- Inadequate daytime light – if the enclosure is dark in the day then your beardie may be confused about when it is supposed to be sleeping. Ensure your basking lamp is white light-emitting.
Can Bearded Dragons Bask in The Sun?
In the wild Bearded Dragons will bask exclusively in the hot sun. For your pet dragon, you should provide an indoor basking area but can take it outside on sunny days so it can make the most of the natural rays and bask in the sun.
If it is a lovely sunny day with nice high temperatures you can take your Bearded Dragon to bask in the sun.
If taking your Bearded Dragon outside for an adventure, make sure you monitor them consistently as they can quickly get themselves into trouble. You may even want to harness train them.
If uncertain if the temperatures are okay, use a digital thermometer to ensure the area you are taking them is neither too cool nor too hot.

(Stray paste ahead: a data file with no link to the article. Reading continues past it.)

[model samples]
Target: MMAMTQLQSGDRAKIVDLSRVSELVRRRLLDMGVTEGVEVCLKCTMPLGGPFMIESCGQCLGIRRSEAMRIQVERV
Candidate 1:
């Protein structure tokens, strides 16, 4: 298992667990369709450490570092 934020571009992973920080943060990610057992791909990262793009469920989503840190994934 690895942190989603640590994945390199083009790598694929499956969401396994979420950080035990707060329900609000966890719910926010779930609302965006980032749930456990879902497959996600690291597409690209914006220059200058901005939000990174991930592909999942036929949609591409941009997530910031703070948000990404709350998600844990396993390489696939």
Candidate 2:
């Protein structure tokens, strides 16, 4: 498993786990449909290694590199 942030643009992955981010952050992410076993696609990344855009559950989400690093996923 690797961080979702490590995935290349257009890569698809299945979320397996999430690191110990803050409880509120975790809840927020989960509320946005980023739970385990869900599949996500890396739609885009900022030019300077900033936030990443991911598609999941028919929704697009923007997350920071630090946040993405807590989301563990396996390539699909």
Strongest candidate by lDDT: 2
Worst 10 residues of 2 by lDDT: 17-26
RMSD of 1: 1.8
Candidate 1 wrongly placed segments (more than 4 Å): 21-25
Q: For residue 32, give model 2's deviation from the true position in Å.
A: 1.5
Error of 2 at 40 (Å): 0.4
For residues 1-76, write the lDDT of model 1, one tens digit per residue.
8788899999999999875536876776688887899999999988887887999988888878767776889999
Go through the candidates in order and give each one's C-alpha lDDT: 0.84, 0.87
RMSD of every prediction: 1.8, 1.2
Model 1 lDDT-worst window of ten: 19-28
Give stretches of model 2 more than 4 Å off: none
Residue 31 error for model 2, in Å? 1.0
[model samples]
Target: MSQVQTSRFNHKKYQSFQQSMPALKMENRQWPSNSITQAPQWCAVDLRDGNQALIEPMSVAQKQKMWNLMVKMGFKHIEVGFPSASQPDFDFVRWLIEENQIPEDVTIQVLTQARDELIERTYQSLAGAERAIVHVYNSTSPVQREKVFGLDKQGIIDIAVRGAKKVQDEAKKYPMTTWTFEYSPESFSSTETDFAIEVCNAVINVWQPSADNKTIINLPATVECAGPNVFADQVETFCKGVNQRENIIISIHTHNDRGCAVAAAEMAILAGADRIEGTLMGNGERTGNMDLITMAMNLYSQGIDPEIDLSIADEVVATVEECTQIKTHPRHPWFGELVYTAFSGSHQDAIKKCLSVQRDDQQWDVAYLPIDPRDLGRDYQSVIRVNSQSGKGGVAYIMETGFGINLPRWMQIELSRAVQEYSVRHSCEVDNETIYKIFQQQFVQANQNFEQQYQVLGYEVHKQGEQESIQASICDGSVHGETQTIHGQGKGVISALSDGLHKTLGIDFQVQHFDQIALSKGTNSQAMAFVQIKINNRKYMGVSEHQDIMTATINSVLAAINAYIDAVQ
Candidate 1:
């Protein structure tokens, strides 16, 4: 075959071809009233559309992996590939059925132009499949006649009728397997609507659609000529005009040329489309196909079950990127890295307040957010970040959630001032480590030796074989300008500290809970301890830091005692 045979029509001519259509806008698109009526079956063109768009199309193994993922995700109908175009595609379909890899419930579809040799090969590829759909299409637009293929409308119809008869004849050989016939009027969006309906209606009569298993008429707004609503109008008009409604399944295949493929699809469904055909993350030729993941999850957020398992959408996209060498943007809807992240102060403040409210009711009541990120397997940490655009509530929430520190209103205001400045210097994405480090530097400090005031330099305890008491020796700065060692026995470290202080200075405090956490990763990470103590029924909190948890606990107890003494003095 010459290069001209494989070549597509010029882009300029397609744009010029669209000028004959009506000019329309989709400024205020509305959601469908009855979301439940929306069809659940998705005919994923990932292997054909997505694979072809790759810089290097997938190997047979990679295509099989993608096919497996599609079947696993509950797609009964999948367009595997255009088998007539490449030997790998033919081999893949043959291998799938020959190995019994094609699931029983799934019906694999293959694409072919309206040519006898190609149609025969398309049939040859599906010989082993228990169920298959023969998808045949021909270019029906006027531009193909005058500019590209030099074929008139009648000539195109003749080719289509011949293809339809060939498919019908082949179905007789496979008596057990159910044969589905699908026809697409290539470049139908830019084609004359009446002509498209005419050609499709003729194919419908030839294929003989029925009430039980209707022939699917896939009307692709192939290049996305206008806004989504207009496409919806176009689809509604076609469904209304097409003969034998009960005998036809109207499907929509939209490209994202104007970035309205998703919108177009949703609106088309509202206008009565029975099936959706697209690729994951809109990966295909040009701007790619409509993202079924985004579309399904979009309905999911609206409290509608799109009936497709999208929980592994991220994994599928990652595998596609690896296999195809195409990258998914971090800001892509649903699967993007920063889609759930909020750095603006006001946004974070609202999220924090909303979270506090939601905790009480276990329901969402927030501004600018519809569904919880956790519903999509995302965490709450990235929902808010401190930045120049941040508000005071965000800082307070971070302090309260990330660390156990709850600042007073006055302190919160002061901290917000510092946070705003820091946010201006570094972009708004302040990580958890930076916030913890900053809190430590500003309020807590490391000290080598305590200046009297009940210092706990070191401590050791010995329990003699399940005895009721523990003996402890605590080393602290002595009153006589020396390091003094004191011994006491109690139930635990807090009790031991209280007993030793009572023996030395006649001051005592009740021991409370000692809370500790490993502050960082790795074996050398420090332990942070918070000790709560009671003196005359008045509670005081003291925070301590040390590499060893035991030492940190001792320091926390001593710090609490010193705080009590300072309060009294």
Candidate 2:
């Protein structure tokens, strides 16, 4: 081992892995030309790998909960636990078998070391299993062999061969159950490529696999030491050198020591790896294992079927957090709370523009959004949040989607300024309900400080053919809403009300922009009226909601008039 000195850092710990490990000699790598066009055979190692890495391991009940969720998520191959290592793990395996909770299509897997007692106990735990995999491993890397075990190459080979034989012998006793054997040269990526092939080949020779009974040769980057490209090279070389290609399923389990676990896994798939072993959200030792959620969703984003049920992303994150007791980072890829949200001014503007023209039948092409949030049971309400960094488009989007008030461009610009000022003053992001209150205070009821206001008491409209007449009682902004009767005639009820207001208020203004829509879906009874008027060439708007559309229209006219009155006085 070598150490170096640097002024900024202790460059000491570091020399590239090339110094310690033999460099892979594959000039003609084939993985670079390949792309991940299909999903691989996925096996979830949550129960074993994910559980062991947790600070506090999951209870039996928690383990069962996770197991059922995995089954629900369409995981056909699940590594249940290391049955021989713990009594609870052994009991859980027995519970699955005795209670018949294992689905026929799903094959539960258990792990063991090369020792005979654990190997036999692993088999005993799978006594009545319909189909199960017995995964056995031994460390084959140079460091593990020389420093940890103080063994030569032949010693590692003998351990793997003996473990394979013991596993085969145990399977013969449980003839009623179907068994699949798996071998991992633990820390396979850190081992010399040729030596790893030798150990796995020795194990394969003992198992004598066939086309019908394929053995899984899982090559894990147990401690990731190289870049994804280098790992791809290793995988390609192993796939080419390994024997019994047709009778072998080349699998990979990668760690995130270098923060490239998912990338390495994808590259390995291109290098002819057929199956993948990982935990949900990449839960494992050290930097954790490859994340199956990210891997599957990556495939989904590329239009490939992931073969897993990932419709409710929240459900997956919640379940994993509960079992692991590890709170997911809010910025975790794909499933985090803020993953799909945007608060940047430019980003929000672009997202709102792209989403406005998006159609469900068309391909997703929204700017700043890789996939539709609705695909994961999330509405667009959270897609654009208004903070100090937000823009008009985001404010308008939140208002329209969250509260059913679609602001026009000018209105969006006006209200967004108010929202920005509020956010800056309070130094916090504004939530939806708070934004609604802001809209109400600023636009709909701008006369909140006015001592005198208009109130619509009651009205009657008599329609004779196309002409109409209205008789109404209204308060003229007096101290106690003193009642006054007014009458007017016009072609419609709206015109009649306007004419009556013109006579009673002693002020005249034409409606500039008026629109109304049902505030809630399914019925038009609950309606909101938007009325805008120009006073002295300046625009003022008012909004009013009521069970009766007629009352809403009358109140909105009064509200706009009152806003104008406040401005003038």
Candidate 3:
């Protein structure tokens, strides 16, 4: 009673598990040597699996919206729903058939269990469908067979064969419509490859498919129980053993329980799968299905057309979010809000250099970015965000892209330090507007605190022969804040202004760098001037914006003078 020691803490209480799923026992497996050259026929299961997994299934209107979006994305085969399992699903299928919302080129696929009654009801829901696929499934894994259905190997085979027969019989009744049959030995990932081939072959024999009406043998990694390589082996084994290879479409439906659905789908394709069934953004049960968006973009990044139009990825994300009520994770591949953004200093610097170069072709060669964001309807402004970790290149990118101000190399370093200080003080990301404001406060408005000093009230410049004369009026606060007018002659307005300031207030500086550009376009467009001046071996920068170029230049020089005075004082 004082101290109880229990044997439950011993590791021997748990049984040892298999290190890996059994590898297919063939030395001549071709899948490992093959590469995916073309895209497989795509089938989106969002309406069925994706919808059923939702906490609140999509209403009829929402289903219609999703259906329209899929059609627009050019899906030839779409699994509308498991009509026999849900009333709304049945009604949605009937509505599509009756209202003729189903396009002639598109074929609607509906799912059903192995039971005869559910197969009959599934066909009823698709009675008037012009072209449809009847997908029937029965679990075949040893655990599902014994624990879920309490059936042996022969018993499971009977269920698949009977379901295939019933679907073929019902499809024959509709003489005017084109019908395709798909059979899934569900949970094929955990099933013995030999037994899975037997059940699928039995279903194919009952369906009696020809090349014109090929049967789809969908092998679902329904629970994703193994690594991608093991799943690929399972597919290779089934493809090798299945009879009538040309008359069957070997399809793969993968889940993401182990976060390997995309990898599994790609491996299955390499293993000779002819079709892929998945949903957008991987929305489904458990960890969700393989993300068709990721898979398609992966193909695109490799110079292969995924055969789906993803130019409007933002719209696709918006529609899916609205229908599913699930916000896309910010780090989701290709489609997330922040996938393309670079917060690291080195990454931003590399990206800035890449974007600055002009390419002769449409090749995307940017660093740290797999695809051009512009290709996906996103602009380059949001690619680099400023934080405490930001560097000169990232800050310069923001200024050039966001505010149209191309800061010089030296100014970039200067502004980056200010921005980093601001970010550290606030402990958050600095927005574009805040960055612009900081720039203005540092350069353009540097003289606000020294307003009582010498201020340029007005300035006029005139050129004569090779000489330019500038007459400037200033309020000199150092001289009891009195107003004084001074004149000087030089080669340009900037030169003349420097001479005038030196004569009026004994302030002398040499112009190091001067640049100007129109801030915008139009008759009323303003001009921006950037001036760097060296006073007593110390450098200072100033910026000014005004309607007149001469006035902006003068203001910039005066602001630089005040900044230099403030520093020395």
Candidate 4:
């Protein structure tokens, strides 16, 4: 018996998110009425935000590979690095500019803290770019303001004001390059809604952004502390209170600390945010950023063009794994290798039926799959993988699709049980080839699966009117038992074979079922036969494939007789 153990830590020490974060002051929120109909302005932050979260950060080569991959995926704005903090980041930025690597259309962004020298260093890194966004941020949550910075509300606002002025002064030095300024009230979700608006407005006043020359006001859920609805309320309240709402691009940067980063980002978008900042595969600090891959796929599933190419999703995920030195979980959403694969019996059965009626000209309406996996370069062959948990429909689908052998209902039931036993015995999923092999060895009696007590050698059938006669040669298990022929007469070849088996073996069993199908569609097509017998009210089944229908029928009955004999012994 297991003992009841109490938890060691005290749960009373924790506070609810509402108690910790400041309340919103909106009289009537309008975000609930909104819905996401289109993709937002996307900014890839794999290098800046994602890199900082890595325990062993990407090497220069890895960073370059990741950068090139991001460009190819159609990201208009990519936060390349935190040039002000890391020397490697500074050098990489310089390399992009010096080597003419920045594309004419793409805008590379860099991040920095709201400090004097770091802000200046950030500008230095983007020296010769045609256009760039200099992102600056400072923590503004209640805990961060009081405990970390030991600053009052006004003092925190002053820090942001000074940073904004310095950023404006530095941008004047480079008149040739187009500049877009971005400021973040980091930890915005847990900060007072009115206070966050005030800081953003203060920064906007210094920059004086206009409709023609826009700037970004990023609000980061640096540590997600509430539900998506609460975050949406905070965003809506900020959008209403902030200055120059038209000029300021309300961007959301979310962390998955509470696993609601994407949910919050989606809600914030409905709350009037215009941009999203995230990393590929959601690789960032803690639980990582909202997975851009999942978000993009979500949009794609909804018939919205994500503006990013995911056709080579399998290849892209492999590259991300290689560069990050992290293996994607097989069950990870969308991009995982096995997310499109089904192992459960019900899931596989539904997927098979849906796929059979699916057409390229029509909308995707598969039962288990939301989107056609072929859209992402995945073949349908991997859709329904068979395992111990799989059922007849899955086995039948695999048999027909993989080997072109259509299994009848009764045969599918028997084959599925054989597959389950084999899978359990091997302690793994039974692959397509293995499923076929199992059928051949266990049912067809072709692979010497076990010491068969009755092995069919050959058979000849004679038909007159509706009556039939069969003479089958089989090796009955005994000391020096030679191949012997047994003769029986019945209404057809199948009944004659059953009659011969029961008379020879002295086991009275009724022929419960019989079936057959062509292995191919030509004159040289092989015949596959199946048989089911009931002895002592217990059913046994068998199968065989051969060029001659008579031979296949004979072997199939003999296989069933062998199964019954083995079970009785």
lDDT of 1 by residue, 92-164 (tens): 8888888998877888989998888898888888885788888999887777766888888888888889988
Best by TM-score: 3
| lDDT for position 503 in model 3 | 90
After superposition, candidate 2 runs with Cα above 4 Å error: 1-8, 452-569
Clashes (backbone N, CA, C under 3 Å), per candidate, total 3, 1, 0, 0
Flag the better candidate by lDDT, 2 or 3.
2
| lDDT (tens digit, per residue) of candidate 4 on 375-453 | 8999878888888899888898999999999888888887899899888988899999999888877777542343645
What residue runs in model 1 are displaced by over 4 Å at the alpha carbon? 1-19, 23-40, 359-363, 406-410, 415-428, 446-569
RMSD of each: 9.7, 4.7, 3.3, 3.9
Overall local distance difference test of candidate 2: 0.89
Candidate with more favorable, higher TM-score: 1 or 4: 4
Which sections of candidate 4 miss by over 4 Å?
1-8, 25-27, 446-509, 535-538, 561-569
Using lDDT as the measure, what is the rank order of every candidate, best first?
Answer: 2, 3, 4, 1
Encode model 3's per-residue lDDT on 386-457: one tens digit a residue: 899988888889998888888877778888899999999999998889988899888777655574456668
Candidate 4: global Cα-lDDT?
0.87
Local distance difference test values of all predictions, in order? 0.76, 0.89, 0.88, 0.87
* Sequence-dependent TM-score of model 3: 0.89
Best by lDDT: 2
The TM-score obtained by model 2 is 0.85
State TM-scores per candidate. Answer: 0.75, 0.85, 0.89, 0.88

Experience reptile keepers will tell you that it is common for reptiles to do a lot better when in outdoor enclosures, granted they are native to the area in which they are housed.
This is due to the range of temperature, humidity and light being naturally and not manually controlled – no room for human error.
Some Bearded Dragons owners who live in environments that mirror the Australian desert keep Bearded Dragons in outdoor enclosures. This can just be just for the day or all around the clock.
If keeping your beardie in an outdoor enclosure to bask ensure the enclosure is not made of glass.
Intense sunlight on the glass will heat up incredibly quick and high (think of a glass house!) and the temperature can reach fatal levels inside the enclosure. Also, UV does not transmit through glass.
Can Bearded Dragons Bask On A Hammock?
Reptile hammocks are a popular choice for Bearded Dragons to bask on. Hammocks aren’t a natural basking spot but many Bearded Dragons enjoy the height, safety and comfort of a hammock to bask on.
A wild Bearded Dragon will not find a lovely cozy hammock to rest in so providing your pet beardie a hammock makes them quite spoilt.